Originally created 11/29/97

Wrapping options available

As part of the shopping trek at department stores, many dedicated gift-buyers head to the wrapping department to bring their shopping to a sense of completion.

But some shoppers might be surprised to find that there is no wrapping department at Sears or Montgomery Ward.

And others might be happy to learn J.B. White is not charging for certain Christmas wrapping.

Then others might be surprised at the prices charged for some wrapping -- $15 or more for oversized gifts.

One shopper left the Macy's wrapping department Friday disgruntled because he was told it would cost $6.50 to wrap his gift, which looked like a 16-inch Sesame Street figure.

"Six-fifty," he said as he took the toy from the wrapping clerk and set it in the basket of his walker and rolled away. "It don't make sense." He did get a free Macy's box for the toy, however.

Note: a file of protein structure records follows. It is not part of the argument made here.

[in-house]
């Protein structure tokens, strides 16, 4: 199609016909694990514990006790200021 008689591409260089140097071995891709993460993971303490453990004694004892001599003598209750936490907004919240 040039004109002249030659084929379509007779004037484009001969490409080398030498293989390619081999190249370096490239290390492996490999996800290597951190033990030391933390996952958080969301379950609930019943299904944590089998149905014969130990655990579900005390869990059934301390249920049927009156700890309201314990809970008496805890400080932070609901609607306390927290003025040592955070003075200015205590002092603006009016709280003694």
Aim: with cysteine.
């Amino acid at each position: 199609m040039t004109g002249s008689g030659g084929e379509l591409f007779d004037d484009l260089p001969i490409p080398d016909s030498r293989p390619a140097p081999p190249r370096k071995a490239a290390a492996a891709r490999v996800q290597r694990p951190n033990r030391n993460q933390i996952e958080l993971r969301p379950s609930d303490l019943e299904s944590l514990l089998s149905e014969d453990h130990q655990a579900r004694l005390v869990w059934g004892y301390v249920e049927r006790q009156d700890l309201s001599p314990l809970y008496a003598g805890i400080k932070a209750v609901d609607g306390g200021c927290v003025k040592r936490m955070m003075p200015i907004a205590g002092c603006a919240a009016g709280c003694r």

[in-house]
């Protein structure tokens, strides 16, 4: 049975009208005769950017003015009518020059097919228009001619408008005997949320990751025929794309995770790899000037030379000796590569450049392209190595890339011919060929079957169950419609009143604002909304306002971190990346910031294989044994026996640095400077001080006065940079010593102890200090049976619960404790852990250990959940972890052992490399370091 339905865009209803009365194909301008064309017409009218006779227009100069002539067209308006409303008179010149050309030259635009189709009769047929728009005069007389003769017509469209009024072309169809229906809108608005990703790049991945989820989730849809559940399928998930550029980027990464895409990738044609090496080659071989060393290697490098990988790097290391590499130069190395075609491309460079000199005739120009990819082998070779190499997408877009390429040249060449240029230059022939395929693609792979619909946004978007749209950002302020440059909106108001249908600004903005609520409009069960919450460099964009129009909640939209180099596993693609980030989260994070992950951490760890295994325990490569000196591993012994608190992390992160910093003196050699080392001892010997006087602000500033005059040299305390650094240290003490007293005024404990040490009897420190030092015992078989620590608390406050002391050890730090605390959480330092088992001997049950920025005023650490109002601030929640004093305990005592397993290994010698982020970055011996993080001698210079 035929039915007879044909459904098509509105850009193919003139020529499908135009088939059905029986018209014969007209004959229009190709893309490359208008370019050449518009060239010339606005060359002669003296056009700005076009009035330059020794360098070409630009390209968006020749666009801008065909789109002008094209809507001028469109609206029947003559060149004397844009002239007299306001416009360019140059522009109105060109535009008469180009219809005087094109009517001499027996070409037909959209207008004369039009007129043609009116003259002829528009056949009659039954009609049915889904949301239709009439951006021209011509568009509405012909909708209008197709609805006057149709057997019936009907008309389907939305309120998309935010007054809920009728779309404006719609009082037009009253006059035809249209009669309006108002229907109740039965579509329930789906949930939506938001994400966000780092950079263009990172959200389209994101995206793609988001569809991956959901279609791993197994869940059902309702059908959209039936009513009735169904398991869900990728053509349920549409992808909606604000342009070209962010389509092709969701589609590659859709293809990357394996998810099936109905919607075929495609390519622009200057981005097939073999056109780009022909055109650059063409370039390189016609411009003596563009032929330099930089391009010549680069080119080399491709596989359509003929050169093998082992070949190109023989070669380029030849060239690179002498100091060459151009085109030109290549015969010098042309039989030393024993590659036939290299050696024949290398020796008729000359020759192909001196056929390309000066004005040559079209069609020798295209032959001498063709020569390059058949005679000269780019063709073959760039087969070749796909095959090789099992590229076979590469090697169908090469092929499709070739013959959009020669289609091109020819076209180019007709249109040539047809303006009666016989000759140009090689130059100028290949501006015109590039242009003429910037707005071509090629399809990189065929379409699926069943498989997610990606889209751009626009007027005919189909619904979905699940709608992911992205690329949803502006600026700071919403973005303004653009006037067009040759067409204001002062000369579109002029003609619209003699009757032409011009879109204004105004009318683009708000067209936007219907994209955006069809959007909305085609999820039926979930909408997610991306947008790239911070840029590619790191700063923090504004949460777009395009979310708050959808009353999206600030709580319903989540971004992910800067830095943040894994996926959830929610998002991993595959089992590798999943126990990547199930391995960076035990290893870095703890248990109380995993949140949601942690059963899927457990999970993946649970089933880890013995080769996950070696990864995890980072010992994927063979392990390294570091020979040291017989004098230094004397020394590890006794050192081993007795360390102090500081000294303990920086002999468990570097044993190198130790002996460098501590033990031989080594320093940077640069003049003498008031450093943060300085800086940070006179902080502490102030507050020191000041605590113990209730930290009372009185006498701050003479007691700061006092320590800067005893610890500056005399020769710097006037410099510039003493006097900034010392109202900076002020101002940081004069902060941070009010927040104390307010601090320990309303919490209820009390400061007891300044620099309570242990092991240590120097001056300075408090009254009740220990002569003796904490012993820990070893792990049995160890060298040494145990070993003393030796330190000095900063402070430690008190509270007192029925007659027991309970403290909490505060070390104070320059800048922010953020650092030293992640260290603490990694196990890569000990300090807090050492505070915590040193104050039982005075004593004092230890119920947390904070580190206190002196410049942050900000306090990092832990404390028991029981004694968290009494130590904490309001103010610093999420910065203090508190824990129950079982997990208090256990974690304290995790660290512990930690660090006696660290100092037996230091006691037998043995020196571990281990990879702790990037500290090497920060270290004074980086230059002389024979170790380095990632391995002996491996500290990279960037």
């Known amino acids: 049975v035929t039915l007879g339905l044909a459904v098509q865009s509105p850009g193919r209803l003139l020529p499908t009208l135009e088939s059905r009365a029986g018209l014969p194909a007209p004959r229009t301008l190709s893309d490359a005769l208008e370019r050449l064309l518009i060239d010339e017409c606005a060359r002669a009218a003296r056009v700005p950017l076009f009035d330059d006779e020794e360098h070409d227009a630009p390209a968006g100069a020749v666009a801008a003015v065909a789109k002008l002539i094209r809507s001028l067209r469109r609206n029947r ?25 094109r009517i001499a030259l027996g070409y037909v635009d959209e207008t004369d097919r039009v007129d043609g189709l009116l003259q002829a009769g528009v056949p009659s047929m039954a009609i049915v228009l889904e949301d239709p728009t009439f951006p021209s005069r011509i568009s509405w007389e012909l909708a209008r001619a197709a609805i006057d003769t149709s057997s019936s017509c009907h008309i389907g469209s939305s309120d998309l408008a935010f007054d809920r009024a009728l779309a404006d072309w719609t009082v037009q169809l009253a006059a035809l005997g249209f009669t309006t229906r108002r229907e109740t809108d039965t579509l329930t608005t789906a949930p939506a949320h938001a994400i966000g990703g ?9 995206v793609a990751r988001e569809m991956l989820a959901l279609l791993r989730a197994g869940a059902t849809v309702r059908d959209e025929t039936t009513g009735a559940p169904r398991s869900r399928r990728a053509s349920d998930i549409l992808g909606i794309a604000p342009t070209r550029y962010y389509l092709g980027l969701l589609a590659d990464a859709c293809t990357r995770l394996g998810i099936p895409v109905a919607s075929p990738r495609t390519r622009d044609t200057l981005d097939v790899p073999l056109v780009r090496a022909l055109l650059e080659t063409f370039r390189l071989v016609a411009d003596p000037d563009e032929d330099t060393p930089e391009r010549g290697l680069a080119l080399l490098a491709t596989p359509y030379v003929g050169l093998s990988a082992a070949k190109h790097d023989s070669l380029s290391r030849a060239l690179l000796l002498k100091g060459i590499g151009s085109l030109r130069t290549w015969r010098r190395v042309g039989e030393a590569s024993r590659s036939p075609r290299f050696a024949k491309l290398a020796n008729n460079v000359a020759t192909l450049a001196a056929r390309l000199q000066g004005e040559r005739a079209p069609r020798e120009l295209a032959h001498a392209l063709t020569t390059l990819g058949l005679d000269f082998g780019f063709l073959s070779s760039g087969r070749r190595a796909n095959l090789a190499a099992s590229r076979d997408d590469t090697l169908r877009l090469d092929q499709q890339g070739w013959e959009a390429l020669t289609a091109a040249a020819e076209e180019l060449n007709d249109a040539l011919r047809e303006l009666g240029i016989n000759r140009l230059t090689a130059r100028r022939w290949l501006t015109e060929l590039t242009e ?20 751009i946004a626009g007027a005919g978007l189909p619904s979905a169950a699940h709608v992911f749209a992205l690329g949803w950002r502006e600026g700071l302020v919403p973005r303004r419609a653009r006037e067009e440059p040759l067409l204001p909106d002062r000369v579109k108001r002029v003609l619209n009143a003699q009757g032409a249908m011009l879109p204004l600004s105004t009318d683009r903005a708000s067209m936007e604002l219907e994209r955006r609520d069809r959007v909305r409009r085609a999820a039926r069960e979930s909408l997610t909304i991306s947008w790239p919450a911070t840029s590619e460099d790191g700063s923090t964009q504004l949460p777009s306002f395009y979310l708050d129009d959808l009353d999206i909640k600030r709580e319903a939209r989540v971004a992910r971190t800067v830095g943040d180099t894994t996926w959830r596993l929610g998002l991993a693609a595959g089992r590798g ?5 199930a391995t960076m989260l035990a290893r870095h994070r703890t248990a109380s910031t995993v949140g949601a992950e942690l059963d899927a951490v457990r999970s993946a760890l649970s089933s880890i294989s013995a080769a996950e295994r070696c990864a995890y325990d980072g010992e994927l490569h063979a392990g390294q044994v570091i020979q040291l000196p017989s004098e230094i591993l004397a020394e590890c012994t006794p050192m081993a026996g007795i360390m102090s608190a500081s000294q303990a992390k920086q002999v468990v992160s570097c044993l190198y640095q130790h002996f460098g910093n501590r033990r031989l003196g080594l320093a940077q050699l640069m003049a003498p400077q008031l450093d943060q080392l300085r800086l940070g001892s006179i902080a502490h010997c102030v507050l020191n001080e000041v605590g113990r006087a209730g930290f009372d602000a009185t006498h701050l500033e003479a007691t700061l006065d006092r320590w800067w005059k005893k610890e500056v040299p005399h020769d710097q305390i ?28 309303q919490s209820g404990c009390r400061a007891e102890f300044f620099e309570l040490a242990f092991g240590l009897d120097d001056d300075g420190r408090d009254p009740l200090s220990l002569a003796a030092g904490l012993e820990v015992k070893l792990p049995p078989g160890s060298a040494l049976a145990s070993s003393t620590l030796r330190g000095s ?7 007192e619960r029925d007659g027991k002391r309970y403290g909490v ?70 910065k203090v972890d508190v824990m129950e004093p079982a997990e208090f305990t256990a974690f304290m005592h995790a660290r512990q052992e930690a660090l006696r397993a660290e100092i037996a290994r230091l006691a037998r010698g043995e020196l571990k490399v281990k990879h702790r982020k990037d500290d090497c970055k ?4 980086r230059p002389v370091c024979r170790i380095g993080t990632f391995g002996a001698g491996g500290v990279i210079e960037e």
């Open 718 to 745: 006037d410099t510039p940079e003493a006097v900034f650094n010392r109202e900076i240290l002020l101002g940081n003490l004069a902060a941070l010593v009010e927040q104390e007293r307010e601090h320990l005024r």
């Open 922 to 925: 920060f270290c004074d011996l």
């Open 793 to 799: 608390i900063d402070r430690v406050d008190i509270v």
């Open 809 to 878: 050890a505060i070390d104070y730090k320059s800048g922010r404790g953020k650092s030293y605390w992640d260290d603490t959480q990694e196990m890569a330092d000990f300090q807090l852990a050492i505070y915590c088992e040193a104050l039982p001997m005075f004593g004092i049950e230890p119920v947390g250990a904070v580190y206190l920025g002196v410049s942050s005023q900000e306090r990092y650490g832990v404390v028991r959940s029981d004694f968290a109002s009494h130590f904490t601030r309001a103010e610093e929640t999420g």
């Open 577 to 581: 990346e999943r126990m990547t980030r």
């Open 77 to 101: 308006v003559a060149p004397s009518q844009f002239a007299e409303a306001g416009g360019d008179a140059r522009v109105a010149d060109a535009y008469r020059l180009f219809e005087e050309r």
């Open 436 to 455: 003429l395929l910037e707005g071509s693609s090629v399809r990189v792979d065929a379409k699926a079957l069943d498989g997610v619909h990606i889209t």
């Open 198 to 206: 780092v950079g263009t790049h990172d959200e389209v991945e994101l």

Shoppers can usually get free gift boxes even at the stores with no wrapping departments. But they might have to purchase items first, as at Montgomery Ward.

Two nonprofit groups, trying to raise money, are hoping their wrapping booths will lure shoppers.

Proceeds from a gift-wrapping booth in Augusta Mall will benefit the Medical College of Georgia's Children's Medical Center.

The booth, at the mall entrance near the J.B. White construction, has helped raise $10,000 to $15,000 for the hospital for two seasons, and a similar dollar gain is expected this year, said Cheryl Beck of the hospital's development department.

She said Augusta Mall donates the space, which is worth about $8,000, and thousands of dollars of wrapping paper, while 350 to 400 volunteers from Augusta businesses and groups wrap the presents.

Volunteers get training before the Christmas shopping season to "make them look nice," said Beverly Calvert, also of the hospital's development department.

At Regency Mall, a gift-wrapping booth is designed to raise money for the band of the Academy of Richmond County for a trip to the Gator Bowl in Jacksonville, Fla., on Jan. 1.

A lone clerk showed customers suggested prices from 25 cents for a tiny gift to $2 for a medium-sized one, but she said donations are being accepted.

"Some kids don't have the $260 to go," she said, so knitted snowflakes and angels are being sold at the booth to help with that, too.


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